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External trade

The euro area economy is relatively open, particularly when compared with other major economies, such as the United States, China or Japan. Its trade openness has noticeably increased since 2004, primarily as a result of growing trade with new EU Member States and China. Currently extra-euro area imports and exports of goods and services amount to around half of euro area GDP.

Trade in goods

Trade in goods accounts for about two thirds of total euro area external trade. Energy and raw materials together tend to represent a large share of imports from outside the euro area, while exports are more focused on processed goods, in particular machinery and transport equipment. This reflects increasing globalisation, the international division of labour and the scarcity of raw materials in the euro area.

External trade in goods

Trade in services

Trade in services makes up the remaining third of total euro area external trade. The breakdown by type of service is rather similar for imports and exports, with information and communications technology accounting for the largest share, followed by other business services and transportation.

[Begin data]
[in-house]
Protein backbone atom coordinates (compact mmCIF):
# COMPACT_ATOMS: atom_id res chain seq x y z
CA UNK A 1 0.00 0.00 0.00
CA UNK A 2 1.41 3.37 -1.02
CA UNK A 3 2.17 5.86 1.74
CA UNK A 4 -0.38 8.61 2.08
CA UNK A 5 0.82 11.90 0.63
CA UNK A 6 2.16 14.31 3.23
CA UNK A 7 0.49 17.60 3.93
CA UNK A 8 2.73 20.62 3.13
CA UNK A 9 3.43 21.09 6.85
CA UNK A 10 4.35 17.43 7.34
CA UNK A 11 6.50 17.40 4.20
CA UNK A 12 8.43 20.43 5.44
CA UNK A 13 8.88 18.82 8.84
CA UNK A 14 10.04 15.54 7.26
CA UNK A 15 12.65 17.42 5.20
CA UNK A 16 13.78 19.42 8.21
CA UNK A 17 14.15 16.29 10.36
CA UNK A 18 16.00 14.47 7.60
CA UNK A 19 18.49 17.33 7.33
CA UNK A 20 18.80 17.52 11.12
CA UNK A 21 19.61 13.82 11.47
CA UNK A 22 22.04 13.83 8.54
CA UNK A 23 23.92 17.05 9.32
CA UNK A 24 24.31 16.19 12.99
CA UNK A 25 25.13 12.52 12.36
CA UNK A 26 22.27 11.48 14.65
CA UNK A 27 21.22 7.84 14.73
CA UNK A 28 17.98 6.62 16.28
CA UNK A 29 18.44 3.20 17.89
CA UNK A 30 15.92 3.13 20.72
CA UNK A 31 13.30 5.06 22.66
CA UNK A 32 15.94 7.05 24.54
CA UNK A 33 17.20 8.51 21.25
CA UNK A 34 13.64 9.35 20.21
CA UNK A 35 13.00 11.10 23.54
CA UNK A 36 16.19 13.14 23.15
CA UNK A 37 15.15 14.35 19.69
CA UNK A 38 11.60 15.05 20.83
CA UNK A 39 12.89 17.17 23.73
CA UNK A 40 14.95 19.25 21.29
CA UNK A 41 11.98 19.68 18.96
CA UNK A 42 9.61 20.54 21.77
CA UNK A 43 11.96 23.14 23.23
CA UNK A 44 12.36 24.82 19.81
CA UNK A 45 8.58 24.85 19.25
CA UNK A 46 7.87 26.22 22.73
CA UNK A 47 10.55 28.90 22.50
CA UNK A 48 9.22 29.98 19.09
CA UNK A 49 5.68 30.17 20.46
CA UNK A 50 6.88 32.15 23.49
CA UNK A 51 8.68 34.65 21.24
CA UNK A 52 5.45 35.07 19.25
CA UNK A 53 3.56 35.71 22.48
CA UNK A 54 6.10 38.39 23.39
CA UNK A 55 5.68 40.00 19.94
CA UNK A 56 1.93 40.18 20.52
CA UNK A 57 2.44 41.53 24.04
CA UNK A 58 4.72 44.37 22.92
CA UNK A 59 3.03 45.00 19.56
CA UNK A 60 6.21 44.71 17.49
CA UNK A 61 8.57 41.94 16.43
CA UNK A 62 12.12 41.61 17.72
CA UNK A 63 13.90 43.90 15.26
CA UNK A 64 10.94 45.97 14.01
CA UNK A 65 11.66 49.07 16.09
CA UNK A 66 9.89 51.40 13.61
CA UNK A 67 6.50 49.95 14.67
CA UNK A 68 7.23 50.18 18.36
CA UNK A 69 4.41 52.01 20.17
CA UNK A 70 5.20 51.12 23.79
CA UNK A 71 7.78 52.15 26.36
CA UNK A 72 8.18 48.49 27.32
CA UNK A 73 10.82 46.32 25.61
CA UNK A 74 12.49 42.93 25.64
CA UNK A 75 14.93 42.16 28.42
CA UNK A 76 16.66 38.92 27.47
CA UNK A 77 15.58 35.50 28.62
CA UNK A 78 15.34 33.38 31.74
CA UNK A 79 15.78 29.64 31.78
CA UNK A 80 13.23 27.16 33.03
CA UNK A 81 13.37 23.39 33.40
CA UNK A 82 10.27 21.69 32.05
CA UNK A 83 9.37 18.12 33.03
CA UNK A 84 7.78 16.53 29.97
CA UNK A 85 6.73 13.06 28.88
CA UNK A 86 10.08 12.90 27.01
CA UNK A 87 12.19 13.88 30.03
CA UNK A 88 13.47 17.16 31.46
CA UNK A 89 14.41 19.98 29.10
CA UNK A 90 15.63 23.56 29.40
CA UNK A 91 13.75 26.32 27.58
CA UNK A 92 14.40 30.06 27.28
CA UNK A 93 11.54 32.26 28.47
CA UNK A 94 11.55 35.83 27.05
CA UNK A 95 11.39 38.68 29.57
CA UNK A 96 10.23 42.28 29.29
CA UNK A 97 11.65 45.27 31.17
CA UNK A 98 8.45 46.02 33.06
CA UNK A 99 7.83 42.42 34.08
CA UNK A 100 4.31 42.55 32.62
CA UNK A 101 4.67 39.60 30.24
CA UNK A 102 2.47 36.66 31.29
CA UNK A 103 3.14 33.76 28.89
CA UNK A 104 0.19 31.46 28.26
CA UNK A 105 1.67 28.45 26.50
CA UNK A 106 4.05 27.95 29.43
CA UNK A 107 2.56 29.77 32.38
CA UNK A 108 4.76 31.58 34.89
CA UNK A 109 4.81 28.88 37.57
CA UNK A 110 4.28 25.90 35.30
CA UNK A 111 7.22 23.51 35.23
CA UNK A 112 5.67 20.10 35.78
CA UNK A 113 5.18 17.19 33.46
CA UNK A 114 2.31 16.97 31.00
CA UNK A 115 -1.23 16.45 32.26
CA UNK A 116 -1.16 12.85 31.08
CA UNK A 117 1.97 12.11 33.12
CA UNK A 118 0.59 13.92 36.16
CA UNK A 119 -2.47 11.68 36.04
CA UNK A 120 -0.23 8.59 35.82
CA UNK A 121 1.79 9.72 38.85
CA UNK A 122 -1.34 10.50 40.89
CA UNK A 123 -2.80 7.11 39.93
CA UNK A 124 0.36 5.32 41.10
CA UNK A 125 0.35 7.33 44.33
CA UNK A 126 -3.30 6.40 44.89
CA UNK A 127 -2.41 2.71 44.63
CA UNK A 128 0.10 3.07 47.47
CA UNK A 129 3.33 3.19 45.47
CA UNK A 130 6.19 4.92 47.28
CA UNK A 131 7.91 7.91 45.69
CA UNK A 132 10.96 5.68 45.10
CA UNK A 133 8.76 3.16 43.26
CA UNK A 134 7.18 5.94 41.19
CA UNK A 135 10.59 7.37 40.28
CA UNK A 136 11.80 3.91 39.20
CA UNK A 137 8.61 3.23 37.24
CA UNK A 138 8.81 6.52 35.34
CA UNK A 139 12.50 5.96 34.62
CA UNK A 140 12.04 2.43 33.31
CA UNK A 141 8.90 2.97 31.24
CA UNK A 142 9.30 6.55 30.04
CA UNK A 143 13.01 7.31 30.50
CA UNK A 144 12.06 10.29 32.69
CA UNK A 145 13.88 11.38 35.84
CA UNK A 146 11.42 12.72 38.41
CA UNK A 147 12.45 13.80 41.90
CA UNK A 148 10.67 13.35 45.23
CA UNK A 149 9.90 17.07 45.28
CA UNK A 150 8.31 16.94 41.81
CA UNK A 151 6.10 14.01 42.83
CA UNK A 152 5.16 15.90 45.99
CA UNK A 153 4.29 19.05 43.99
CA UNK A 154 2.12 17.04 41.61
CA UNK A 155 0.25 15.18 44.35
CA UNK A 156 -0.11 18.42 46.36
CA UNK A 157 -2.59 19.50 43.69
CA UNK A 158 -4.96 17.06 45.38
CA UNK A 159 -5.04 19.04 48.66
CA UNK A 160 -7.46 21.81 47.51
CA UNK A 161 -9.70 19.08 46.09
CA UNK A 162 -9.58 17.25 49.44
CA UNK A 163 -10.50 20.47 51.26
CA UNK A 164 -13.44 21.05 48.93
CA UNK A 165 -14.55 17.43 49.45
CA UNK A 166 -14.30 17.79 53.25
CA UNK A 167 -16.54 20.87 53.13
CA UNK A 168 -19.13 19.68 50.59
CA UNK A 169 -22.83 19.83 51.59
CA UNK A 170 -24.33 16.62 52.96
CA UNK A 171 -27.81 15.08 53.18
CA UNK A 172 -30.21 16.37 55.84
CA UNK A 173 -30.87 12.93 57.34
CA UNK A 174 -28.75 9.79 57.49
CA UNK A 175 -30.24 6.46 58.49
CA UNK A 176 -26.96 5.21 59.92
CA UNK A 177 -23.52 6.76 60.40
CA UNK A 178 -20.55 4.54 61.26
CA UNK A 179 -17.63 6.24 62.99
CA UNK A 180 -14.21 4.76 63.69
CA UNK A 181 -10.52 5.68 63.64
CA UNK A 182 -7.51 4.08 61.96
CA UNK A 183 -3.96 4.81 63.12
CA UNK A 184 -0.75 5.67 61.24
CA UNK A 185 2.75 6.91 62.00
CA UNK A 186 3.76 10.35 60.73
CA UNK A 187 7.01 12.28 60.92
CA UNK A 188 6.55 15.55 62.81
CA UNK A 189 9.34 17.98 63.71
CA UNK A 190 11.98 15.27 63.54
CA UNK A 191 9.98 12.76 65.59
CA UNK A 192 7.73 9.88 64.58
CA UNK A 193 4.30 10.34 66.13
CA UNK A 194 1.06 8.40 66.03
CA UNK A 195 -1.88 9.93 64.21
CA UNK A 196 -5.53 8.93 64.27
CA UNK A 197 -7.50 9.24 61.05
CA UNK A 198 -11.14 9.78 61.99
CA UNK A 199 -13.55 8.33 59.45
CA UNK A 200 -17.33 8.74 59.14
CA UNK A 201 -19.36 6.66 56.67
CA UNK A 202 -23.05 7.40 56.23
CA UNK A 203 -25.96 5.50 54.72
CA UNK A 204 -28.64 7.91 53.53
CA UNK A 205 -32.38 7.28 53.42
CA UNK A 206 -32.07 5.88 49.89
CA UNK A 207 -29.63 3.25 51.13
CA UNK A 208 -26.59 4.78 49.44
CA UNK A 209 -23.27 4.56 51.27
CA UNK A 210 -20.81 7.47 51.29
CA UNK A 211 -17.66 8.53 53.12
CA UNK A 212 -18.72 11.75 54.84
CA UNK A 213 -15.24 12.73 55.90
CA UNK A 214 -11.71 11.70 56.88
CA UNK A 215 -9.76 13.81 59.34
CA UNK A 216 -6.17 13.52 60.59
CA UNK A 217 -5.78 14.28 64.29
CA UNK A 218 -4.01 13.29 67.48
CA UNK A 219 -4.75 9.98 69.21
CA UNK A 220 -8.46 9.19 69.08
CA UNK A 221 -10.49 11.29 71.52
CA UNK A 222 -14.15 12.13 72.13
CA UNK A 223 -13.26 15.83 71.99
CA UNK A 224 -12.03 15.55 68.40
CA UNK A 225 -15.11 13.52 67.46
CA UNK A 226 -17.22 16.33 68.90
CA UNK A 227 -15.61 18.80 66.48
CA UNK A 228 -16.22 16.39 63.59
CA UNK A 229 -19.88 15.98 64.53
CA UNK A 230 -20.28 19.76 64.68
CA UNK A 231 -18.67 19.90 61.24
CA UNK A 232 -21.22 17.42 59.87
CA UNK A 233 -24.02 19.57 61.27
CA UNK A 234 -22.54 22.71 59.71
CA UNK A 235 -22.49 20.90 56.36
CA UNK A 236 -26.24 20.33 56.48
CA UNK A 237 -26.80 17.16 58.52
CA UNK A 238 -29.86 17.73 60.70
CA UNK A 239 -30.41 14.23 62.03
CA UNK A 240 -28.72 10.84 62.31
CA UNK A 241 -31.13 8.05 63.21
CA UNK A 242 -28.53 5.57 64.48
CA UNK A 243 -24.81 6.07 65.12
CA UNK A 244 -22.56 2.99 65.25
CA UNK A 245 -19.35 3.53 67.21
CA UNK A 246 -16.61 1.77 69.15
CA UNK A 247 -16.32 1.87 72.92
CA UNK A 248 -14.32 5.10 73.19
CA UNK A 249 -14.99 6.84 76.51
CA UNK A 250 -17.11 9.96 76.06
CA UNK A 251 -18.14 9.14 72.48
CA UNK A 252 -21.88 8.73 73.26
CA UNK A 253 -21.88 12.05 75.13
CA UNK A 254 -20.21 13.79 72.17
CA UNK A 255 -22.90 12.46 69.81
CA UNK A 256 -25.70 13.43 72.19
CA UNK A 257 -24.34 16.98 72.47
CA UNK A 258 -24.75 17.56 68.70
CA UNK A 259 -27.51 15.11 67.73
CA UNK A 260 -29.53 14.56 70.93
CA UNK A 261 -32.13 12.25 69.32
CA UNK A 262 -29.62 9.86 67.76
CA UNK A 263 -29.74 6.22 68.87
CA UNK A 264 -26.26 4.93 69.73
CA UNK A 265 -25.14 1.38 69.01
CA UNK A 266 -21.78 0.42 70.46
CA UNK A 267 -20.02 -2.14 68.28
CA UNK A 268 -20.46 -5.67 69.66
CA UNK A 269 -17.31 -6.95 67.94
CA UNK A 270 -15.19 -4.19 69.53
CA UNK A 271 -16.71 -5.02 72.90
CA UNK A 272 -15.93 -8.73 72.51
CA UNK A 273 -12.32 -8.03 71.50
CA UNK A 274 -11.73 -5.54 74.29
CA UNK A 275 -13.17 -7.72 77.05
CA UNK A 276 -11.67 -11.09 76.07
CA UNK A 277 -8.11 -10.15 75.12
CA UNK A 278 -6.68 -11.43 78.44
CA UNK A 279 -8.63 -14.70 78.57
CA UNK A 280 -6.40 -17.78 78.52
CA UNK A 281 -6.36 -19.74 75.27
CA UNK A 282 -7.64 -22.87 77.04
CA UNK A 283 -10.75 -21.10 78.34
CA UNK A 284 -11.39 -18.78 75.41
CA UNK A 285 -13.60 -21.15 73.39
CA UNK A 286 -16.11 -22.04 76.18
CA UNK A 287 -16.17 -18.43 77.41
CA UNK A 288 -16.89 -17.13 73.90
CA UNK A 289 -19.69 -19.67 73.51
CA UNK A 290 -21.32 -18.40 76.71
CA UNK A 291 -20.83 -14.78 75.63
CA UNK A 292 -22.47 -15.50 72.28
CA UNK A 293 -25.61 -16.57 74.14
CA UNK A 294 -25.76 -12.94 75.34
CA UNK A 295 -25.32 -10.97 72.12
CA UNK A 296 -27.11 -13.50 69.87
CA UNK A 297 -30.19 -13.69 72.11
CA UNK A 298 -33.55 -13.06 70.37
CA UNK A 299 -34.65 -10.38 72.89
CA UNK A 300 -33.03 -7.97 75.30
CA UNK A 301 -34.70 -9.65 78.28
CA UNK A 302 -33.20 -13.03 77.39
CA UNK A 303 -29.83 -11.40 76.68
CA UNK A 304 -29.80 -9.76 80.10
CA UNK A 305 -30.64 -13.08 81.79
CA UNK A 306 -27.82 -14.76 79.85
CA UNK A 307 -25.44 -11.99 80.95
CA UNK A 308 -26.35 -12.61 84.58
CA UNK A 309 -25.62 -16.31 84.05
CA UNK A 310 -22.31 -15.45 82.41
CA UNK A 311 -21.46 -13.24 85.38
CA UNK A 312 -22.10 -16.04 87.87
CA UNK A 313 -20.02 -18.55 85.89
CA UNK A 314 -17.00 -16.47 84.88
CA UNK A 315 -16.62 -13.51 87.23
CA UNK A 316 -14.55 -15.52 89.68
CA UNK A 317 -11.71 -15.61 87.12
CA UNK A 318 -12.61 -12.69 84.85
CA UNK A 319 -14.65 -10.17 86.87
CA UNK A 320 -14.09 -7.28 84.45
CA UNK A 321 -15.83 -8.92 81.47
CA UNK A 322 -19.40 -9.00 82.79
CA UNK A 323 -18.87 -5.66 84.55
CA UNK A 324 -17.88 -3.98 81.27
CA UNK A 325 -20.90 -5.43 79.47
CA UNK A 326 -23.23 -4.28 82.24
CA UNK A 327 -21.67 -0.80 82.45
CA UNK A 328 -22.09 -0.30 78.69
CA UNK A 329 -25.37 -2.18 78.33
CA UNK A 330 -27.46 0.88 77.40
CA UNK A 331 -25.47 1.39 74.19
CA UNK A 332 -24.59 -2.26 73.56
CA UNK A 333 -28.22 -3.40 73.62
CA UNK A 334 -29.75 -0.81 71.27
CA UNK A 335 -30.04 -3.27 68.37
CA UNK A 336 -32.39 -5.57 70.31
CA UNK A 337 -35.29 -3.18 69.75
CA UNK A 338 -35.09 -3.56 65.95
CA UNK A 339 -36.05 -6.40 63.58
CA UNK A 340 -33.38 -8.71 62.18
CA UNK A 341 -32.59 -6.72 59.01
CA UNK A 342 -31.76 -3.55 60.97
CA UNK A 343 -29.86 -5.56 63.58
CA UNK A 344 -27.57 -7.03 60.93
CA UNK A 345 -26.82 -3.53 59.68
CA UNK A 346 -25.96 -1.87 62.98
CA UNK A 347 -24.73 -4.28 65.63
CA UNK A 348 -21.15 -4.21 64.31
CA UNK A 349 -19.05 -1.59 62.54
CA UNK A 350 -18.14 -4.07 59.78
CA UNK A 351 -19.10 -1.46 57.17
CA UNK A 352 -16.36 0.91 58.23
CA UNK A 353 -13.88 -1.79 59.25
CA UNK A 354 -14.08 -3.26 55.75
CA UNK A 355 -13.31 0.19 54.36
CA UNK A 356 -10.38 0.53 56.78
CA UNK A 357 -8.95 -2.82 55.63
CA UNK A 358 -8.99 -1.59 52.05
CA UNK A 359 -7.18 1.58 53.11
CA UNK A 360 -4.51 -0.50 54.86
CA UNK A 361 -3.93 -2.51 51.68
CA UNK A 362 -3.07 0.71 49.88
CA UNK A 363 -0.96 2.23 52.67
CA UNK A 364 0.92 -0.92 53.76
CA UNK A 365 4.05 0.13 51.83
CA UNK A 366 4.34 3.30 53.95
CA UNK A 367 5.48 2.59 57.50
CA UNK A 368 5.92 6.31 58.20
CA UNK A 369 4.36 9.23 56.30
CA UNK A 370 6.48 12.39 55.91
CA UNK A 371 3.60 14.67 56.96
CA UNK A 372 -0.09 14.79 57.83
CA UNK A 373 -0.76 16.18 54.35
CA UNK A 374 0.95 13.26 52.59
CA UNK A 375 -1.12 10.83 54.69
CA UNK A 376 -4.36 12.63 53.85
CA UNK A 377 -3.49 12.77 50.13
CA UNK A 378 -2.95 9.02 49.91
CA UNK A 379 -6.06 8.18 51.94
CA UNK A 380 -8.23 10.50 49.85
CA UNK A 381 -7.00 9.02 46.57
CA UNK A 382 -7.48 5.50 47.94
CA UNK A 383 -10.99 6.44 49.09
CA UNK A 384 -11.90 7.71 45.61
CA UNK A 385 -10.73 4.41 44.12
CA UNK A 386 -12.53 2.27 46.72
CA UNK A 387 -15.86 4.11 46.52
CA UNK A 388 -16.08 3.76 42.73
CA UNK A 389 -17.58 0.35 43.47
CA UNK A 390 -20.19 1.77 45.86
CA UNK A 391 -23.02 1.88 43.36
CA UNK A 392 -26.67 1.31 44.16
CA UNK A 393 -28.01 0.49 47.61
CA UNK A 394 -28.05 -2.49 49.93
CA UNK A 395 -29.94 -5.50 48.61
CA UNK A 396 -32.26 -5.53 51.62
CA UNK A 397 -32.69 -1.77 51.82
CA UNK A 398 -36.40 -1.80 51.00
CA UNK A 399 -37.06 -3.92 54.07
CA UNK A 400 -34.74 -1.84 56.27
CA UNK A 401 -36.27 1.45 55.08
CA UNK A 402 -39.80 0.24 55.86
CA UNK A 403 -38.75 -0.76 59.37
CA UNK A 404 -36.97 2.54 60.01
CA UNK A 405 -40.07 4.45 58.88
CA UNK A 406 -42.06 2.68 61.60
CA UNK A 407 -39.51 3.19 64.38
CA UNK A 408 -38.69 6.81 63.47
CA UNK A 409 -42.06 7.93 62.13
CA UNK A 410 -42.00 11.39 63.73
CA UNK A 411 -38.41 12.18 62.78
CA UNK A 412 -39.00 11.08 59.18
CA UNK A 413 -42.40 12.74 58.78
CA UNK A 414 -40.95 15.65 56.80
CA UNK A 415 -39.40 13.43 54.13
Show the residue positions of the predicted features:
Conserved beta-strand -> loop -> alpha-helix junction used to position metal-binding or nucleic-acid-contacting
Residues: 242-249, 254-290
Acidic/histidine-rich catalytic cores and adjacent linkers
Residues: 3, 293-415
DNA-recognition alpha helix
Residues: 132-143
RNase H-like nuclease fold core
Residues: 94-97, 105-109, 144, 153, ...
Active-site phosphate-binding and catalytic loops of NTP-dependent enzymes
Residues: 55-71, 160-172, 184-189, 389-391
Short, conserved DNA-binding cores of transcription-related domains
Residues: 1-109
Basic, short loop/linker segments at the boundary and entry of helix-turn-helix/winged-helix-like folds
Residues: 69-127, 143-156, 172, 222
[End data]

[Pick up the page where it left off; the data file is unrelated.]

Trading partners

The non-euro area EU Member States and the euro area’s top ten trading partners outside the EU together account for almost three-quarters of euro area external trade. The United States, the United Kingdom and China are the euro area’s three main trading partners, with emerging market economies continuing to rise in importance. Non-euro area EU Member States also account for a large share of external trade.

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